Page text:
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fitzstevens

What Lessons Should We Learn from the PFAS Crisis?

By PFAS in the news, PFAS-REACH team news

How a problem is framed often shapes the range of solutions considered. Ubiquitous global contamination by PFAS (per- and polyfluorinated alkyl substances), human-synthesized chemicals that are water and grease repellent and found in human blood, drinking water, and wildlife, is a problem that has been framed in a number of ways. While environmental regulation is often framed as driven by scientific knowledge, our research finds that in U.S. the implementation of chemical regulation is more commonly driven by scientific ignorance and corporate malfeasance. Read more…

Toxic PFAS chemicals discovered in hundreds of products

By PFAS in the news

SCIENTISTS HAVE DETAILED more than 200 uses of PFAS chemicals in 64 industrial areas, including mining, book conservation, plastics production, photography, printing, watchmaking, car manufacturing, air conditioning, fingerprinting, and particle physics. Many of the uses, which are laid out in an article published in the journal Environmental Science: Processes & Impacts, were previously unknown. Read more…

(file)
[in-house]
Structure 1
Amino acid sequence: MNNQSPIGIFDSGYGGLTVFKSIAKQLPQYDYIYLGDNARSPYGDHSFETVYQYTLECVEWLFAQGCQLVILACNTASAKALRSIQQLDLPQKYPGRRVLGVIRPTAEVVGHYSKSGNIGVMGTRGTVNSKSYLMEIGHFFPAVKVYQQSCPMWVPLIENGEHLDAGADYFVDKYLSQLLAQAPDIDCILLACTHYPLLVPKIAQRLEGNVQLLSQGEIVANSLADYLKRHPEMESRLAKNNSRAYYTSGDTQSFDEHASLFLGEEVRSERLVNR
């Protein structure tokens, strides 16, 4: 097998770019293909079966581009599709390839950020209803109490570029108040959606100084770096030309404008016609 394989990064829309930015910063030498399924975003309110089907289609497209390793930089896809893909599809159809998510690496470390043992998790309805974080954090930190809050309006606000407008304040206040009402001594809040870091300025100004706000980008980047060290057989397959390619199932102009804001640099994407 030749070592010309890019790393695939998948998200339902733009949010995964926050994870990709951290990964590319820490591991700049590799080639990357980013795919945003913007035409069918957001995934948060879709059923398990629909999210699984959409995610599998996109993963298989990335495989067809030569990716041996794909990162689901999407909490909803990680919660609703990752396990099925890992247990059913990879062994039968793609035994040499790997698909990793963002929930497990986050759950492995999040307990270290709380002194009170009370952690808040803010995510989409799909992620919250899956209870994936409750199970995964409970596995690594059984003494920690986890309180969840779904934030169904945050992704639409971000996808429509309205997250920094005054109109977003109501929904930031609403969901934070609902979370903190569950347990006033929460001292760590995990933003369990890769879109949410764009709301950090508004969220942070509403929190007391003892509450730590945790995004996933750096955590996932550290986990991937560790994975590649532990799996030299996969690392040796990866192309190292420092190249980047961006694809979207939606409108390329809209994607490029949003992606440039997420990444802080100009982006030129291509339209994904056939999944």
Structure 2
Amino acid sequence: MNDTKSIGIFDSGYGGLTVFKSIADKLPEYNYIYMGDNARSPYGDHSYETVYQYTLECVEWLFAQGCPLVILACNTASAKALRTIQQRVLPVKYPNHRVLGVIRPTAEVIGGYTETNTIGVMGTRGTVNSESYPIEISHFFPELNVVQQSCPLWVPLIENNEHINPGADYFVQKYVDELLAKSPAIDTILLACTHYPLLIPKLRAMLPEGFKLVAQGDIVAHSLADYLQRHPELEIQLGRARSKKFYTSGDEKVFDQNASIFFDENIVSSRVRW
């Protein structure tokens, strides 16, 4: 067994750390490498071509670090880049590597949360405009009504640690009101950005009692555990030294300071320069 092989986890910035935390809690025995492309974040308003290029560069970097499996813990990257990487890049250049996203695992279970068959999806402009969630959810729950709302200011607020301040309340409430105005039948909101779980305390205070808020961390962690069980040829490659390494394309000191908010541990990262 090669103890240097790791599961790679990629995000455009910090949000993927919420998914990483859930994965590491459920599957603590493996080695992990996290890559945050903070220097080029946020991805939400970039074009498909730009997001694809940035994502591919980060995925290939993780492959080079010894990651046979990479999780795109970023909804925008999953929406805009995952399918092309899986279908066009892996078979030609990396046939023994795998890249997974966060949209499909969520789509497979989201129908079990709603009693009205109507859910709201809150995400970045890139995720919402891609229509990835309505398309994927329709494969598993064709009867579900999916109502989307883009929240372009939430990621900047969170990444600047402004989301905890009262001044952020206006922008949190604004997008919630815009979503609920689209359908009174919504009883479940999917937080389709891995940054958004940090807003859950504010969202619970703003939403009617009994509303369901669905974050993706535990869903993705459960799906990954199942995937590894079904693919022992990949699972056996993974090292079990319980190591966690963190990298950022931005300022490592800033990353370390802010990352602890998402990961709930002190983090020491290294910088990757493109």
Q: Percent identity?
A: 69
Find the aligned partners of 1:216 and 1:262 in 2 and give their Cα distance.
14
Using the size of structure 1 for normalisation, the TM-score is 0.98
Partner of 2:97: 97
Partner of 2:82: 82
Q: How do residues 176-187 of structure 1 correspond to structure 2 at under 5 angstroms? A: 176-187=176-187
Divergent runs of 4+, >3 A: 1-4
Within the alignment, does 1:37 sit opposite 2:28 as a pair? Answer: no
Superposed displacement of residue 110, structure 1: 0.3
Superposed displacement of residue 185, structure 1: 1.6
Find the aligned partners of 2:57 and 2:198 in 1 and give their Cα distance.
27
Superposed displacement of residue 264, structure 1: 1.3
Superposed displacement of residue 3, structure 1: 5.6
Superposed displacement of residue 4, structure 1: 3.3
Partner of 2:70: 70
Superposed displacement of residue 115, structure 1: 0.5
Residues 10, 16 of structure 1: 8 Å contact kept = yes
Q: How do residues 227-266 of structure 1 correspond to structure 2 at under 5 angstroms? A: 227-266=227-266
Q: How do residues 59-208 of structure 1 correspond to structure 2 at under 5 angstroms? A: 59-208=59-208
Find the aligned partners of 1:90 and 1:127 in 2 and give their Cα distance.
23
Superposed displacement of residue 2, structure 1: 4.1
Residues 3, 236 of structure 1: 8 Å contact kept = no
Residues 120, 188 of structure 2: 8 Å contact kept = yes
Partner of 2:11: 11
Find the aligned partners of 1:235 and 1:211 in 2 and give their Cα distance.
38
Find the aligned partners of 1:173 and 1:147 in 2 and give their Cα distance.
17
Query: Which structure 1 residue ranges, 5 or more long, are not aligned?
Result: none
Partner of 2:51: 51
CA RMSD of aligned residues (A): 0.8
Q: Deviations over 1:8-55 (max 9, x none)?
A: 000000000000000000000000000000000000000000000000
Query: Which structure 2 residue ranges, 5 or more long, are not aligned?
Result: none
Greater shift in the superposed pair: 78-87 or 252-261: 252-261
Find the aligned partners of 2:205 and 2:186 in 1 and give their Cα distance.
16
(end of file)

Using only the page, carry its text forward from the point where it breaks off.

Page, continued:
PFAS chemicals are ubiquitous. A Pitt scientist is working to protect you from thousands of types at once.

By PFAS in the news

A single PFAS chemical featured in the movie “Dark Waters” last year about contamination from a Teflon plant in Parkersburg, W.Va. resulted in a $670 million court settlement. A community study showed the chemical was linked to six diseases: kidney cancer, increased cholesterol, ulcerative colitis, thyroid disease, preeclampsia and testicular cancer. Read more…

Governor Cuomo Signs Legislation Banning Incineration of Firefighting Foam Containing PFAs in Certain New York Cities

By PFAS in the news

Governor Andrew M. Cuomo today signed legislation (S.7880-B/A.9952-B) banning the incineration of Aqueous Film Forming Foam containing perfluoroalkyl and polyfluoroalkyl substances, the emerging contaminants known as PFAS, in certain cities. Under the new law, incineration of this foam is prohibited in cities designated as Environmental Justice areas by the New York State Department of Environmental Conservation where the population is between 16,000 and 17,000 residents. The law goes into effect immediately and bolsters the Department’s ongoing response to concerns raised by residents in the City of Cohoes residents to ensure the environment and community are protected after foam containing PFAS was disposed at the Norlite facility. Read more…